Random NotesfarPhew! Getting back to regular blogging is difficult. Baby Elias is high maintenance. At least I have been able to read some novels, notably Sigrid Undset's Gunnar's Daughter (about sex and violence at the end of the Viking Age) and CF Meyer's The Saint (an interpretation of Thomas Becket as a convert and hero to the suppressed Saxon majority of England.) Currently, Maryse Condé's epic Segu, about the decline of the Malian kingdom with the encroachment of Europeans and Islam, is grabbing my attention.
Some of the notes that Condé strikes are present in "The Sufi Shaykh" by Ibrahim al-Koni, featured in Words without Borders look at Libyan literature. Reflecting the real conflicts between Islamic clerics and "fetishists" over slavery and marriage, the extract highlights the tensions caused by imposition of cosmopolitan religion over traditional practices.
"Tragedy on the Araxes" profiles an unfolding archeological tragedy in Azerbaijan. The government has been demolishing the cemetery of Djulfa and its distinct khachkars (burial monumnets) in an effort to remove evidence of Armenian settlement in the country.
... most of the famed khachkars are from the fifteenth and sixteenth centuries, when the town was at its most prosperous as a stop on the silk and spice trade routes between Asia and the Mediterranean. After the forced resettlement of 1604, the graveyard endured, and was visited by travelers from within and outside of the Caucasus over the next few centuries. They saw slabs of pink and yellowish stone, between six and eight feet high, intricately carved in relief. Most khachkars, which were believed to aid in the salvation of the soul, were decorated with crosses and representations of Christian holy figures, as well as depictions of plants, scenes of daily life, geometric designs, and epitaphs in Armenian ...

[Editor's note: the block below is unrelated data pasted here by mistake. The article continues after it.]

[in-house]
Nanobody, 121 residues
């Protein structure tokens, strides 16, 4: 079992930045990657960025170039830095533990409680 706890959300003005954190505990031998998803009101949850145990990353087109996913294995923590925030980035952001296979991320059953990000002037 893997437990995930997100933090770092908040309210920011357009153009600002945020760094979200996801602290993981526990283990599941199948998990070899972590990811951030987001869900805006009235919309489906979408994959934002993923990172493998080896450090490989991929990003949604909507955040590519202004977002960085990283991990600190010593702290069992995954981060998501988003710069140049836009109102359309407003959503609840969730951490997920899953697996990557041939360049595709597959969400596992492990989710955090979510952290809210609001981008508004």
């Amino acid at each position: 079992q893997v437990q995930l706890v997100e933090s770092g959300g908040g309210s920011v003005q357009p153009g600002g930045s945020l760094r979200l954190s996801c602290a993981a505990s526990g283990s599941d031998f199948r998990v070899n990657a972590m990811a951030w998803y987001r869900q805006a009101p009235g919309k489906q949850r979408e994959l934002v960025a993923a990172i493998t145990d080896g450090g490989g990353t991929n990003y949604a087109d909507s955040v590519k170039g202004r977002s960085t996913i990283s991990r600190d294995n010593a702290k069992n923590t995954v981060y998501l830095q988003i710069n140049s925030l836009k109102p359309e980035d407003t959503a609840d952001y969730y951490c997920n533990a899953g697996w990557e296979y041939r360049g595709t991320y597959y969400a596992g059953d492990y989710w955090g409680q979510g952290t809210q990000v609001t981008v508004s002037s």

... In 1998, the Armenian government claimed that Nakhichevan's Azeri authorities were deliberately wrecking the cemetery in an act of symbolic violence and had destroyed 800 khackhars. The Armenians appealed to UNESCO and the International Council on Monuments and Sites (ICOMOS), trying to get "the entire international community up in arms," according to deputy culture minister Gagik Gyurdjian. UNESCO responded by ordering an end to all destructive activity in Djulfa. However, the demolition began again in 2002, according to RAA and local witnesses. The last remains of the cemetery were obliterated this past December. Over a period of three days beginning on December 14, 2005, a large group of Azeri soldiers destroyed the remaining grave markers with sledgehammers, loaded the broken stones onto trucks, and dumped them into the waters of the Araxes. That is what witnesses who watched the devastation from across the river in Iran say happened ...
Andrew of AIR, friend of this blog, has the new History Carnival. Check it out.
[ETA] I bought a copy of We Jam Econo: The Story of the Minutemen. Very cool look at one of my favorite bands, perhaps the best to ever come out of Southern California, and certainly the most musical and literate post-punk/hardcore outfit. Essential for anyone who read Our Band Could be Your Life.
[ETA, part deux] I hope that people have been keeping up with Joel's 'Word Catcher Tales', his musings on Japanese language and culture, at Far Outliers. A few weeks ago he mused on the geographical mentality of humans to see some places as being up, others down, with reference to power rather than position. (Of course, I added my two cents.)